In Key Stage 1 and 2, we follow the Westminster Healthy Schools’ Partnership Curriculum Map for PSHE (Personal, Social, Health Education) and the overview for each year group can be found here

As a school we ensure that our planning inside and outside of the classroom promotes the spiritual, moral, social and cultural (SMSC) development of pupils as well as preparing them for the opportunities, responsibilities and experiences of later life.  Our teachers have high expectations of all pupils and make excellent links between different subjects to promote children’s engagement and enjoyment of their learning.

Our themes for our curriculum are:

Term 1 Belonging New beginnings
Term 2 Celebrate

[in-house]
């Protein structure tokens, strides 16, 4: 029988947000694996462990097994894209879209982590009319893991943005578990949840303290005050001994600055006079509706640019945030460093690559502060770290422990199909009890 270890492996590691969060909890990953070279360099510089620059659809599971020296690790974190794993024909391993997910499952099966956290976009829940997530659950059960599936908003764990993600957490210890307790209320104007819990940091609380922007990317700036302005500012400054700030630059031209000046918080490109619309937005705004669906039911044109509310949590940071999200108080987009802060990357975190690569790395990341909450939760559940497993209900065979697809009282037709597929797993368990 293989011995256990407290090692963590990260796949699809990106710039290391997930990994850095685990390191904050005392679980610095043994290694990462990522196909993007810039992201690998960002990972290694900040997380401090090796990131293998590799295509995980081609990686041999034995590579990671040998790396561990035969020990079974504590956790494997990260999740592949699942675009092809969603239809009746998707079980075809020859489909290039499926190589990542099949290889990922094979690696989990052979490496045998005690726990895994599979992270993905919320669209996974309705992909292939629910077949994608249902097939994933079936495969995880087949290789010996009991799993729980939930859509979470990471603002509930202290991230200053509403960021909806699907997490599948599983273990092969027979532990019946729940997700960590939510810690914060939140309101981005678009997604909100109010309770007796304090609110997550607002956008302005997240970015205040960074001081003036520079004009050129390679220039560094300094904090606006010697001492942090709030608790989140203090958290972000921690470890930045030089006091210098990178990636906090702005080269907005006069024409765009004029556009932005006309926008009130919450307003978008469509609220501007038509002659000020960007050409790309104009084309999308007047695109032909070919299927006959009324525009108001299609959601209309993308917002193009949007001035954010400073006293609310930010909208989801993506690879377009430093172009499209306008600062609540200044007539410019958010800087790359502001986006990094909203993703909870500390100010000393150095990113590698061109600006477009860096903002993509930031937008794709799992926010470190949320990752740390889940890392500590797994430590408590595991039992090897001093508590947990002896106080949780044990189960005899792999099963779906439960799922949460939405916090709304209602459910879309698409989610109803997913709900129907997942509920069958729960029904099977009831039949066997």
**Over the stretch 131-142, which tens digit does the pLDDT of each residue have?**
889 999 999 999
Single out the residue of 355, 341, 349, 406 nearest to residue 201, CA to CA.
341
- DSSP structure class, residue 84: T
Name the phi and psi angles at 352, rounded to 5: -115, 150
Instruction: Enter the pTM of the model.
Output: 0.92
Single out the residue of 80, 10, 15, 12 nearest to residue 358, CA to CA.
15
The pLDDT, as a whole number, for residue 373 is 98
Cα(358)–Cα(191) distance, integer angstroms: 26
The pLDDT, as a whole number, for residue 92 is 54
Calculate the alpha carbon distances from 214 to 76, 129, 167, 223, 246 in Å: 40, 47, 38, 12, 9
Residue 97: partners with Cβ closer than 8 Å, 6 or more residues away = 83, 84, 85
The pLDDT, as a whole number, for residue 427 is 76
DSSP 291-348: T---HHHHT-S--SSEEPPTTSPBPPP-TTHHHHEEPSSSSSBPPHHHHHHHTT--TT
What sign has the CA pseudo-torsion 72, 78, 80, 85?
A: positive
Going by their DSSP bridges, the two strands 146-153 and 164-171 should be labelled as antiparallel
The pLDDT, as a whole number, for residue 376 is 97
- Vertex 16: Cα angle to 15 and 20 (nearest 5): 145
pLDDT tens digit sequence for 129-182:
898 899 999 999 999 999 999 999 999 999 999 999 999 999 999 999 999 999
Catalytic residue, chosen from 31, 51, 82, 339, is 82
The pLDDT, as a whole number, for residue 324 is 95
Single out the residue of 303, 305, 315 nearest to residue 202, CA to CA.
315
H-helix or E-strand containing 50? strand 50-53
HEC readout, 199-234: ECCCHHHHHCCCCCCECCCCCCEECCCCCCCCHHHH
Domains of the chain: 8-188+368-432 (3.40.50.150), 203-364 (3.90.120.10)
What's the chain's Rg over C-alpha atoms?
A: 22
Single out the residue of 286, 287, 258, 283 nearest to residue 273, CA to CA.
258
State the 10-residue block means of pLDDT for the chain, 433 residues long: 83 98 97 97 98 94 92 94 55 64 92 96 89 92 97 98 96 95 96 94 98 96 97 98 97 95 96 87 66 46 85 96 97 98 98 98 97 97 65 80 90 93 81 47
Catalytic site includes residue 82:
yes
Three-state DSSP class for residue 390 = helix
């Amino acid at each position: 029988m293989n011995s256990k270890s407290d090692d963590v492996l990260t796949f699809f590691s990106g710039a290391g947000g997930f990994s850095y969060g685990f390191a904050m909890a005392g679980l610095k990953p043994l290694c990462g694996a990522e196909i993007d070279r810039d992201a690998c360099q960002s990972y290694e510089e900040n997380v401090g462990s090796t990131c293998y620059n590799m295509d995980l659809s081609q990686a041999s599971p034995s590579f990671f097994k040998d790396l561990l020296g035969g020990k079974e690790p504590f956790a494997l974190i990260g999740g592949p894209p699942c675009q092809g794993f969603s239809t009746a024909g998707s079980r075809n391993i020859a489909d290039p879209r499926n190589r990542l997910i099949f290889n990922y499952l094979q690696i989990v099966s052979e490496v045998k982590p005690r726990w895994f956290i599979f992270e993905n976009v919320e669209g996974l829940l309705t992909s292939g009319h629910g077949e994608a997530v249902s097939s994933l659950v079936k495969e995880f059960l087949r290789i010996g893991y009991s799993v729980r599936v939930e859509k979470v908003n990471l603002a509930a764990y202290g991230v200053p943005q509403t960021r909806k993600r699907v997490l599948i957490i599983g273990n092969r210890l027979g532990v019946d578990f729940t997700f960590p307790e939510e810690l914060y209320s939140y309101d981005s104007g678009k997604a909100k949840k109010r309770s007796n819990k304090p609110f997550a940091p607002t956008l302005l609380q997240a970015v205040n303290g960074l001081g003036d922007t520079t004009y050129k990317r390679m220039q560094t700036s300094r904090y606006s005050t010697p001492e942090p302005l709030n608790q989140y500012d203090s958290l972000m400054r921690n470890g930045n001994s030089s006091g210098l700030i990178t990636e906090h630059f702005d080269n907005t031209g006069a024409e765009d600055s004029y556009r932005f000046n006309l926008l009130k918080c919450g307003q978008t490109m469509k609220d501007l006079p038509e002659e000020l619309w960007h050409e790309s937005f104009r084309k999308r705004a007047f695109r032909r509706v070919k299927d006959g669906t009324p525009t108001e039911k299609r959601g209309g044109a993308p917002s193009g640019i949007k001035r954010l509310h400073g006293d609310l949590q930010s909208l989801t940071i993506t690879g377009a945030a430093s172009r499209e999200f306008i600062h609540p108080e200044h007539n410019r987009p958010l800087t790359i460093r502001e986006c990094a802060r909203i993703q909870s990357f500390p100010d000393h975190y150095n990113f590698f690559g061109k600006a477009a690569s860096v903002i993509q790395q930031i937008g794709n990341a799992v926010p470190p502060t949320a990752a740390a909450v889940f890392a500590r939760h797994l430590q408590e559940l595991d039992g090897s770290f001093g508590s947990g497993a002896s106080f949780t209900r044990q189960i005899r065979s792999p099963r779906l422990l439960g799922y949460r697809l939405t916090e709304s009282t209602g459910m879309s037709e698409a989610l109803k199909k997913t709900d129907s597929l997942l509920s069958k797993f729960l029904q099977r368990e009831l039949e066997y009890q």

Term 3 Believing Welcome
Term 4 Changes
Term 5 Achieving Make a difference
Term 6 Moving on

Topics specific to Early Years are:

    2020-2021
Term 1 Belonging All About Me
Term 2 Light and Dark
Term 3 Believing Amazing Animals
Term 4  Moving and Floating
Term 5 Achieving People Who Help Us
Term 6 Travel and Transport

Throughout the school year, we also have curriculum focus days and weeks where particular subjects are celebrated.  Most recent examples of these curriculum enrichment days have included Book Week, Tudor Day, Science and Engineering Week, Arts Week, Friendship Week, World Languages Day and International Day.

Our excellent school choir is made up of about 50 pupils in Key Stage 2. They sing at a range of community events each year and have sung in Downing Street, the Department for Education and the Home Office. A small number of individual instrumental lessons are also available to pupils each term.

The Creative Arts (especially Music) is a particular strength at St Matthew’s. We achieved the Artsmark Gold Award in 2020, Sing Up Platinum (2010) and we have been judged by Ofsted to have Outstanding Music provision (2009).